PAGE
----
(adsbygoogle = window.adsbygoogle || []).push({}); 1. The problem statement, all variables and given/known data

If the current density is time independent and divergence free, show that the Maxwell Equations separate into independent equations for [tex]\vec{E}[/tex] and [tex]\vec{B}[/tex].

2. Relevant equations

Maxwell's equations

3. The attempt at a solution

The only Maxwell equation with [tex]\vec{j}[/tex] in it is the Maxwell-Ampere law, so that seems like the right place to start. By taking the partial derivative with respect to time of this equation and using the fact [tex]\vec{j}[/tex] is time independent, Faraday's Law and Gauss' Law for [tex]\vec{B}[/tex] I can get a wave equation for [tex]\vec{B}[/tex].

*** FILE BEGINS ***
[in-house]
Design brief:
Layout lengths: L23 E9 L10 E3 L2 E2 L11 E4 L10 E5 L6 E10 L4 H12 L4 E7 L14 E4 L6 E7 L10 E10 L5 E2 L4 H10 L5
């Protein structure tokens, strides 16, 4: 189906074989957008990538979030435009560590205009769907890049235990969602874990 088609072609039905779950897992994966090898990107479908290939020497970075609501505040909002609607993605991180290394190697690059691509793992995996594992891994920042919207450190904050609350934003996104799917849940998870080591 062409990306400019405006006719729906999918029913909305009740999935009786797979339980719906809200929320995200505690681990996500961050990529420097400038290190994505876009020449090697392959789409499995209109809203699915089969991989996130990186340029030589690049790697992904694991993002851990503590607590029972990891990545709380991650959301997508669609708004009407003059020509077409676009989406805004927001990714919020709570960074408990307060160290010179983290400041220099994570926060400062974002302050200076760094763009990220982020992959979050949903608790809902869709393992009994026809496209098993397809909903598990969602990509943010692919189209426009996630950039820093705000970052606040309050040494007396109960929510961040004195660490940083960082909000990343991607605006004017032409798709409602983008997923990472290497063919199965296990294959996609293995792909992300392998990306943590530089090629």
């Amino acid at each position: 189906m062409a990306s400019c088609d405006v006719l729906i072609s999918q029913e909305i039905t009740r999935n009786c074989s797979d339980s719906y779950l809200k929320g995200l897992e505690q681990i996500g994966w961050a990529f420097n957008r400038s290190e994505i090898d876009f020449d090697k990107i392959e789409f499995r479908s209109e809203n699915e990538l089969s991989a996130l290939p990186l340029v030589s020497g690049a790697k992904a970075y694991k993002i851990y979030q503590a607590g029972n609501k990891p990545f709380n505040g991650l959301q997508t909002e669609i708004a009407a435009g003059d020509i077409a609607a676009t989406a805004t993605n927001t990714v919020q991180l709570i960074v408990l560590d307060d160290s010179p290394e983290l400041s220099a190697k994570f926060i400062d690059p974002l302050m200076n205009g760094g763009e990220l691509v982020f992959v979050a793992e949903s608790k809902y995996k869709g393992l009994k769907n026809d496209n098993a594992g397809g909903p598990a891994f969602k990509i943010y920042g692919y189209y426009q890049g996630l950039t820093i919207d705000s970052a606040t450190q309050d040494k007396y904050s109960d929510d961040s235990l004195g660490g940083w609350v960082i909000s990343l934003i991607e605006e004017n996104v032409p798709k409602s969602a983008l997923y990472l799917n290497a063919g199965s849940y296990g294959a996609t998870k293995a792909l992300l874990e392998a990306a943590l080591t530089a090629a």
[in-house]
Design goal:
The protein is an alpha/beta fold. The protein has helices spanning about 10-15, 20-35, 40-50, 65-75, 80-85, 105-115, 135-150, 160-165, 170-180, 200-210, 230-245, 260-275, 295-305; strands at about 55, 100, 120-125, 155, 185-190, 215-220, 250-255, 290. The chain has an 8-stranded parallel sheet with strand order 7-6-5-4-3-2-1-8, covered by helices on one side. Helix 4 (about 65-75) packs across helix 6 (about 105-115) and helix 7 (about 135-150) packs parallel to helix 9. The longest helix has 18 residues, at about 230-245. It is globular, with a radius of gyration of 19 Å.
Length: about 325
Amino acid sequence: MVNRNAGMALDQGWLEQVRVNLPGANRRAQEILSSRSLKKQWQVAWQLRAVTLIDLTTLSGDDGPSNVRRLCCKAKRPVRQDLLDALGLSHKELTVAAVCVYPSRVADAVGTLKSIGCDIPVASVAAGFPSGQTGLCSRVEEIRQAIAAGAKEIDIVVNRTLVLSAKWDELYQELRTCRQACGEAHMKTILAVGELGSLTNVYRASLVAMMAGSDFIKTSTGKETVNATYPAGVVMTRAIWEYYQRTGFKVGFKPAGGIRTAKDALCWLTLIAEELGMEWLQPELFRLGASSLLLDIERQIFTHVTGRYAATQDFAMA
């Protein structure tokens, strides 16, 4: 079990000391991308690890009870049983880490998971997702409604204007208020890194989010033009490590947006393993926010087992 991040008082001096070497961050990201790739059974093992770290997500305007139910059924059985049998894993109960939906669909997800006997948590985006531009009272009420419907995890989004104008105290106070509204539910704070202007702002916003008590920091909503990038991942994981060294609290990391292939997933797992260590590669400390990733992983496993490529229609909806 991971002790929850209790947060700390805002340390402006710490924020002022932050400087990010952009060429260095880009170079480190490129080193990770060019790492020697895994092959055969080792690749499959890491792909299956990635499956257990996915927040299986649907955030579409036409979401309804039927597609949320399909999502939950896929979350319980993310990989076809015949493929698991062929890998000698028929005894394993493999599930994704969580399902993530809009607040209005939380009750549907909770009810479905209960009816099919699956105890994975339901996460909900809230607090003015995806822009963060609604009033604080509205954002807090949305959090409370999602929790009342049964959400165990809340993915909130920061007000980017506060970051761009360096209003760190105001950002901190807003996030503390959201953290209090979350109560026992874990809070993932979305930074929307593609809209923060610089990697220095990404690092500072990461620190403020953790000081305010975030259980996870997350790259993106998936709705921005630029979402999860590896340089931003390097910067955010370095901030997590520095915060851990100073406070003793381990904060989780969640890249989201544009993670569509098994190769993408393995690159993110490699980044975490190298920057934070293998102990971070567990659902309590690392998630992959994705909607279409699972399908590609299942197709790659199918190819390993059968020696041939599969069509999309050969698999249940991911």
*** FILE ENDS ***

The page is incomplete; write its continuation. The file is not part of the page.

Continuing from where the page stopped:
What is confusing me is how to use the fact [tex]\vec{j}[/tex] is divergence free. If I take the divergence of the Maxwell-Ampere equation I get:

∇⋅∇x[tex]\vec{B}[/tex] = εµ (∂∇⋅[tex]\vec{E}[/tex]/∂t) + µ ∇[tex]\vec{j}[/tex]

The LHS = 0 (vector identity), ∇[tex]\vec{j}[/tex] = 0 as given, and then using Gauss' Law for [tex]\vec{E}[/tex] I simply get:

(∂ρ)/(∂t) = 0

But this isn't surprising as the equation of charge conservation would have given me this anyway. How do I get the equation for [tex]\vec{E}[/tex]? Thanks.

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# Homework Help: Maxwell Equations when current density is time independent and divergence free

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